Wednesday, March 11, 2009

Learning from Capucine

A while back, I posted on an old saying that actors use which apparently originated with comedian W. C. Fields. “Never work with animals and children.” Actors are wary of kids because they understand their screen-grabbing power all too well. There must be nothing worse than acting your heart out only to find the audience’s attention riveted on a child in the background trying to help a dog chase its tail. The authenticity, frankness, energy, and let’s face it, all-round cuteness of children, is extraordinary.

Recently I saw a wonderful expression of these great kid qualities in action. A young French girl, Capucine, set out with her mother to raise money for children in Mongolia. Enthusiastic and open-hearted, their motivation was simple. Capucine is four and goes to a school where she has lots of books but has learnt that there are many children who have neither schools nor books. She wanted to do something about it. What followed is a practical demonstration of a child helping to make the world a better place – in collaboration with the marvellous energy of her mother.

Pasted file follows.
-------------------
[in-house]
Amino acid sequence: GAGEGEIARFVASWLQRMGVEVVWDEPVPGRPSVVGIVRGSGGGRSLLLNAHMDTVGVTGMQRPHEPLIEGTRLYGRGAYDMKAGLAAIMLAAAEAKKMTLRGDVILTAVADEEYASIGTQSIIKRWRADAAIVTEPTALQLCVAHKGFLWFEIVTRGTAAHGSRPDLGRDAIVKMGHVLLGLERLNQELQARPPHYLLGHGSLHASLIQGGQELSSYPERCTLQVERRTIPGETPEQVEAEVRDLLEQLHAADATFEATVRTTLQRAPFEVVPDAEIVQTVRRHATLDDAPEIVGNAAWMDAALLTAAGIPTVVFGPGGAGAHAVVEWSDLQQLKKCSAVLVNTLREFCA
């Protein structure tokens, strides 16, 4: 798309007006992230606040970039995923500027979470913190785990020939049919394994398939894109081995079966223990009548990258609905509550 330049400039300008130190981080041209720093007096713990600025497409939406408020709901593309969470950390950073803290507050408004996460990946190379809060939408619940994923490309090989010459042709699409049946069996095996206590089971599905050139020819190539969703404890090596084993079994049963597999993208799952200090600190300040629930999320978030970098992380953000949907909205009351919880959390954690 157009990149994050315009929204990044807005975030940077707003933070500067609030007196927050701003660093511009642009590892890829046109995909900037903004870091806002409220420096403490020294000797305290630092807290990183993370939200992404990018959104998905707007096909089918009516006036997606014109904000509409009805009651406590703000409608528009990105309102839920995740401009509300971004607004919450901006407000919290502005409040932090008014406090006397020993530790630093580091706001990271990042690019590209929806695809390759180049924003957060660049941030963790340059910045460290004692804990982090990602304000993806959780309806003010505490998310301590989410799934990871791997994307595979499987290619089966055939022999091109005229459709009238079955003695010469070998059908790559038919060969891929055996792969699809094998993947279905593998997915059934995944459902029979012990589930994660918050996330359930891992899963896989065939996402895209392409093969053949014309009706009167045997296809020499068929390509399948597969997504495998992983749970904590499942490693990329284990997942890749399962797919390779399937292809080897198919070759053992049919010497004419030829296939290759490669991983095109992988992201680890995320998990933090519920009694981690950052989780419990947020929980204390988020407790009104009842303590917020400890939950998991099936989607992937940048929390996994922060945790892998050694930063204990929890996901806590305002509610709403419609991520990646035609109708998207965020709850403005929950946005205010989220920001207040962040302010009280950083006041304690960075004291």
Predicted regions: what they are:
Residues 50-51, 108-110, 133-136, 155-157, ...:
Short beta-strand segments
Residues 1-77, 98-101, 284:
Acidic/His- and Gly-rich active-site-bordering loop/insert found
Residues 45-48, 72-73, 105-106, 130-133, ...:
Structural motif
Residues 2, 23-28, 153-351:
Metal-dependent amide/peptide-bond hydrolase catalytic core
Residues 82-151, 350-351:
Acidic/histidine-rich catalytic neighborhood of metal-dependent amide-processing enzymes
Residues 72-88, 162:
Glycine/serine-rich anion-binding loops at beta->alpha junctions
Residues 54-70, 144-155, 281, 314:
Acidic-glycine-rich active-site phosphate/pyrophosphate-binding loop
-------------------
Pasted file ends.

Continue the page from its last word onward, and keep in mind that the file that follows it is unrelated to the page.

Usually a little girl and her mother can not reach much further than their friends, family, and neighbors with their fund-raising efforts, but Edurelief used the video sharing site, Vimeo, as a way to touch the world. Capucine now has a global fan club, and no wonder, as we check out a series of simple videos featuring Capucine earnestly discussing why it is important for people to buy the t-shirts her mother has made and raise money for books for children in Mongolia. I’m not sure why Capucine has picked Mongolia, but she is so enchanting we can only agree with her.

Capucine is such a compelling communicator because she does it her way. She has a story to tell, she makes her own connections between her privileged life and the lives of children in Mongolia, and (best of all) she has a solution we can be part of. It’s a lesson to anyone in the storytelling business. Spend some time with Capucine and in exchange for your master class in communication, make a well-earned donation.

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